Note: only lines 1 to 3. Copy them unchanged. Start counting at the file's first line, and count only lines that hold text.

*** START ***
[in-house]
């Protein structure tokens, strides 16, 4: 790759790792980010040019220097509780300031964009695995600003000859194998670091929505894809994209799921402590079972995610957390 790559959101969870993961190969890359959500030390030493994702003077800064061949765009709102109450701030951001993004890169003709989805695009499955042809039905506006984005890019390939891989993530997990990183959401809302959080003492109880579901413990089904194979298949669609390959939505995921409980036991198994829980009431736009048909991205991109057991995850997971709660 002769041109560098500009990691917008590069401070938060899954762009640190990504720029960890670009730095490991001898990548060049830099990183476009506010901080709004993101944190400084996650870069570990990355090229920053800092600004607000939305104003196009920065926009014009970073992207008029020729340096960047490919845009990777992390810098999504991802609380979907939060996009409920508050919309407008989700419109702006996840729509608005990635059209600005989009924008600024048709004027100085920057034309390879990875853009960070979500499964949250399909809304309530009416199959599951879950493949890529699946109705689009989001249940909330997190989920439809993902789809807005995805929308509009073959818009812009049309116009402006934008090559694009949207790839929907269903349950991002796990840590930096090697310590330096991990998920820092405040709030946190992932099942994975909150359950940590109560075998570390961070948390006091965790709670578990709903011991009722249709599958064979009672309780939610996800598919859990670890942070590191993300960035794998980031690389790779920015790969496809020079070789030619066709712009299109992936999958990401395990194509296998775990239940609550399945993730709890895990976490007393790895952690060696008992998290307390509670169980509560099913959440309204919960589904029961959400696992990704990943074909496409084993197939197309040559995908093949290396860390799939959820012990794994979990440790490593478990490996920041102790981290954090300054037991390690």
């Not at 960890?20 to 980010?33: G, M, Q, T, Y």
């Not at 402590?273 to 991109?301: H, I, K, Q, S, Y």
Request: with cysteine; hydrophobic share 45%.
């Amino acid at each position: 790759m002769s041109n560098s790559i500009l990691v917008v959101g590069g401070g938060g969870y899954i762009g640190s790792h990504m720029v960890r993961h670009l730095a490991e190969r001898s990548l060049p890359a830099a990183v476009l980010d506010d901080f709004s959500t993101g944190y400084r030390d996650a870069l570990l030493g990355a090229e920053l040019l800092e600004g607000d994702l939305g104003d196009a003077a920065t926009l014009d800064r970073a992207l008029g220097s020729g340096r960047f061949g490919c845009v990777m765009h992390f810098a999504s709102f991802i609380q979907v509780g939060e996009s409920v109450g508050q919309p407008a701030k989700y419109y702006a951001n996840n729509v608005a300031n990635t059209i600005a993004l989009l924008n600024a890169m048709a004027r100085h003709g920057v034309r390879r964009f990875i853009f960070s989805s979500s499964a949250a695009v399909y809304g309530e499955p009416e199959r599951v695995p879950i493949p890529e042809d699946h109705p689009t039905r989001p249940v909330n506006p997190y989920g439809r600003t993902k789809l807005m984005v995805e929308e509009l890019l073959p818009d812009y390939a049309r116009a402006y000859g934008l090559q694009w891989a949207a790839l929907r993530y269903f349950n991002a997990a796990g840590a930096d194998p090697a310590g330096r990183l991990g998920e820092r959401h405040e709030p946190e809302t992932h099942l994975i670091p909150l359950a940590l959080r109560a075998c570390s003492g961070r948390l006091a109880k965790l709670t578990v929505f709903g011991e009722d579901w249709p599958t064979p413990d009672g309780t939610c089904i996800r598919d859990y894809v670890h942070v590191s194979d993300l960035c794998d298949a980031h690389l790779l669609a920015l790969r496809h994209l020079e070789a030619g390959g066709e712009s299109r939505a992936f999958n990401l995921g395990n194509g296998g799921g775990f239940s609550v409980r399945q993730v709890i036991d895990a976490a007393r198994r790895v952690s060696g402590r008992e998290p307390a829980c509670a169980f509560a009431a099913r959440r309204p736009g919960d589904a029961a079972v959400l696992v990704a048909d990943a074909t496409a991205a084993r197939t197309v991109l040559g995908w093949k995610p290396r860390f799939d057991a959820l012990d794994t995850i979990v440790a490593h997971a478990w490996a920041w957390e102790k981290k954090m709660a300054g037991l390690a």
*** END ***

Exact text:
[in-house]
């Protein structure tokens, strides 16, 4: 790759790792980010040019220097509780300031964009695995600003000859194998670091929505894809994209799921402590079972995610957390 790559959101969870993961190969890359959500030390030493994702003077800064061949765009709102109450701030951001993004890169003709989805695009499955042809039905506006984005890019390939891989993530997990990183959401809302959080003492109880579901413990089904194979298949669609390959939505995921409980036991198994829980009431736009048909991205991109057991995850997971709660 002769041109560098500009990691917008590069401070938060899954762009640190990504720029960890670009730095490991001898990548060049830099990183476009506010901080709004993101944190400084996650870069570990990355090229920053800092600004607000939305104003196009920065926009014009970073992207008029020729340096960047490919845009990777992390810098999504991802609380979907939060996009409920508050919309407008989700419109702006996840729509608005990635059209600005989009924008600024048709004027100085920057034309390879990875853009960070979500499964949250399909809304309530009416199959599951879950493949890529699946109705689009989001249940909330997190989920439809993902789809807005995805929308509009073959818009812009049309116009402006934008090559694009949207790839929907269903349950991002796990840590930096090697310590330096991990998920820092405040709030946190992932099942994975909150359950940590109560075998570390961070948390006091965790709670578990709903011991009722249709599958064979009672309780939610996800598919859990670890942070590191993300960035794998980031690389790779920015790969496809020079070789030619066709712009299109992936999958990401395990194509296998775990239940609550399945993730709890895990976490007393790895952690060696008992998290307390509670169980509560099913959440309204919960589904029961959400696992990704990943074909496409084993197939197309040559995908093949290396860390799939959820012990794994979990440790490593478990490996920041102790981290954090300054037991390690």
């Not at 960890?20 to 980010?33: G, M, Q, T, Y």